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War on Privacy: India Wants 400M Biometric Payments a Day


William Suberg | Dec 07, 2016 | 10:00

biometric News

War on Privacy: India Wants 400M Biometric Payments a Day


William Suberg | Dec 07, 2016 | 10:00


India is touting biometric security as the next step in payments, shunning cash and cards in a bid to make the economy secure and free of corruption.


India Gov’t: Biometrics Future Of Payments

The Unique Identification Authority of India (UIDAI), which is working on issuing every Indian citizen with a 12-digit ID called Aadhaar, should form the basis for transactions together with mobile-based iris or thumbprint recognition.


It is the latest government announcement following India’s flash demonetization November 8, in which higher-value rupee notes were suddenly decommissioned.

Bitcoin interest and trading spiked in the following weeks, with Indian exchanges and cryptocurrency commentators suggesting the market could be about to take off. The government meanwhile has made no recent noises about Bitcoin, instead looking to secure the economy while discouraging the further widespread use of cash.

We are asking mobile manufacturers to see if all mobiles made in India should be in-built with iris or thumb identification system to help Aadhaar-enabled transactions,” local news resource Livemint quotes Amitabh Kant, CEO of the National Institution for Transforming India as saying.

Up to 400M Biometric Transactions Daily

Biometric transactions are already live as more than 10 million people have an Aadhaar number. Developers are currently working to increase capacity of the new Aadhaar Enabled Payment System (AEPS) – this can currently process around 100 million transactions a day, but in future will handle up to 400 million.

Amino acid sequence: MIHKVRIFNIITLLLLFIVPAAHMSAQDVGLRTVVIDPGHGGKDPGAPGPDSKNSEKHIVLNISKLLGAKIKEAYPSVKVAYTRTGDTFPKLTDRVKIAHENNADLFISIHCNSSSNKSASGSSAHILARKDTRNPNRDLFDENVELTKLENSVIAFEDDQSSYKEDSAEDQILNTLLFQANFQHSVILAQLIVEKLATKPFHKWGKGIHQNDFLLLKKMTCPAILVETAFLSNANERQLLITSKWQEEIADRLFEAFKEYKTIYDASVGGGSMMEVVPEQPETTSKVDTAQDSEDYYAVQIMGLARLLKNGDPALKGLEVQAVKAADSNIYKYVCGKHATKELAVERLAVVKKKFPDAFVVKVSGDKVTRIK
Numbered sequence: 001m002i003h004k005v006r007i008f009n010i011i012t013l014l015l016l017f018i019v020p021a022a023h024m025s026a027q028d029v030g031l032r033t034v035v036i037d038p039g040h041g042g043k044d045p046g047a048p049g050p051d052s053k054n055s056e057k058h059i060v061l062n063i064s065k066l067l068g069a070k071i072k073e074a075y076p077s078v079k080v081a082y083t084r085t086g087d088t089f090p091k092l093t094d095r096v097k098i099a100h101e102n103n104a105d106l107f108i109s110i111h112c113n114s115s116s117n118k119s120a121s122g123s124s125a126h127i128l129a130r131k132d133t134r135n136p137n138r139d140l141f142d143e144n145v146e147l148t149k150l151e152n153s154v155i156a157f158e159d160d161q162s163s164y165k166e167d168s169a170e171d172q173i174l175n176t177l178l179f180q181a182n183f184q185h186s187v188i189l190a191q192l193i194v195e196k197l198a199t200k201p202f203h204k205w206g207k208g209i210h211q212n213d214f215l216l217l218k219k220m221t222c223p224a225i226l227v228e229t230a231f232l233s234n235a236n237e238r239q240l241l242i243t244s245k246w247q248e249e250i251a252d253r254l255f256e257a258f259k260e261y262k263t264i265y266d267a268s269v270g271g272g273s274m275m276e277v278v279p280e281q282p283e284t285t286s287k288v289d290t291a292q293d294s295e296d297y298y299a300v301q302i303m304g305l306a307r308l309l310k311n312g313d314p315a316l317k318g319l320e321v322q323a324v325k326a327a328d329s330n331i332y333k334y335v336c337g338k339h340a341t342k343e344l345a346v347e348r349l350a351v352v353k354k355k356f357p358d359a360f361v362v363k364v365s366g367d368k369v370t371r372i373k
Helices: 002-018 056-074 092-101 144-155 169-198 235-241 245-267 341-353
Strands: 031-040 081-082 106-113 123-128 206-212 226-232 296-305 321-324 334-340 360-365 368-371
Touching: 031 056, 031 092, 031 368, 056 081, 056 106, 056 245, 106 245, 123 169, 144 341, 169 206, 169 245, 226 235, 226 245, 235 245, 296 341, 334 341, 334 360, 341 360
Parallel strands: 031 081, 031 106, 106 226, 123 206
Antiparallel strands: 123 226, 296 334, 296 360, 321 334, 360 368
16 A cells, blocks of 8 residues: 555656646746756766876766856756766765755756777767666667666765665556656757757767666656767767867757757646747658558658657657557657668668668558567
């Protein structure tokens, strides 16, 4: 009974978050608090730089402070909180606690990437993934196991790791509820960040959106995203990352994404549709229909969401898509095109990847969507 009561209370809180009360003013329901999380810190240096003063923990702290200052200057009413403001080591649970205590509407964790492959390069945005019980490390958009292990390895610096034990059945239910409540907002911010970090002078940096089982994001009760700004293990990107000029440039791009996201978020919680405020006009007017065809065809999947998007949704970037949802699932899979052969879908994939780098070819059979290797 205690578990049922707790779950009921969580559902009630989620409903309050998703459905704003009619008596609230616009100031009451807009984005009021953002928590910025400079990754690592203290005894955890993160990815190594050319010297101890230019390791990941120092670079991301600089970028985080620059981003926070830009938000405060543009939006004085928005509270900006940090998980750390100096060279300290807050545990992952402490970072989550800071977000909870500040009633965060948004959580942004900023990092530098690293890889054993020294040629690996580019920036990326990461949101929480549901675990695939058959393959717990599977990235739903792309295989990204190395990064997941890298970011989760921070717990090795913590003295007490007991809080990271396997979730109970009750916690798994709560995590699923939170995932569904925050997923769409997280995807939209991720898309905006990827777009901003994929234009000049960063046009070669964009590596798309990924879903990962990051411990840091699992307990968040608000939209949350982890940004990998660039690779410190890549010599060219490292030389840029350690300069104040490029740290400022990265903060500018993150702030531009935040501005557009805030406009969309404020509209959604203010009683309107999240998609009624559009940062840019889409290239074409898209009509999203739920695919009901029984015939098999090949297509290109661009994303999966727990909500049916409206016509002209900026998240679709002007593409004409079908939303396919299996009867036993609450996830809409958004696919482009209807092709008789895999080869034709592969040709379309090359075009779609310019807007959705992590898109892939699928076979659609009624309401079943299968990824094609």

“We will create awareness about this mode of transactions. We will eventually create capacity for 40 crore authentications,” UIDAI CEO Ajay Bhushan Pandey said.

Yesterday, 1.31 crore Aadhaar-enabled biometric authentications were reported. We will increase it gradually.

India’s largely cash-based society is not used to having every transaction biometrically linked to their identity. While fraud is the main concern of AEPS’ proponents, concerns will naturally be raised about privacy and accountability of lay consumers.


As such, Bitcoin remains a comparatively open solution, despite the current lack of wholesale infrastructure associated with its use. In the meantime, the government intends to incentivize merchants to use AEPS, with one billion rupees set aside to aid uptake.

“[The] IT department is providing [an] incentive of Rs100 for every merchant enrolled through over two [hundred thousand] common service centres across India,” IT Secretary Aruna Sundarajan commented.

She added the government would begin a national PR campaign in support of AEPS from Monday.

What do you think about the Indian government’s plans for biometric payments? Let us know in the comments below!

Images courtesy of shutterstock,

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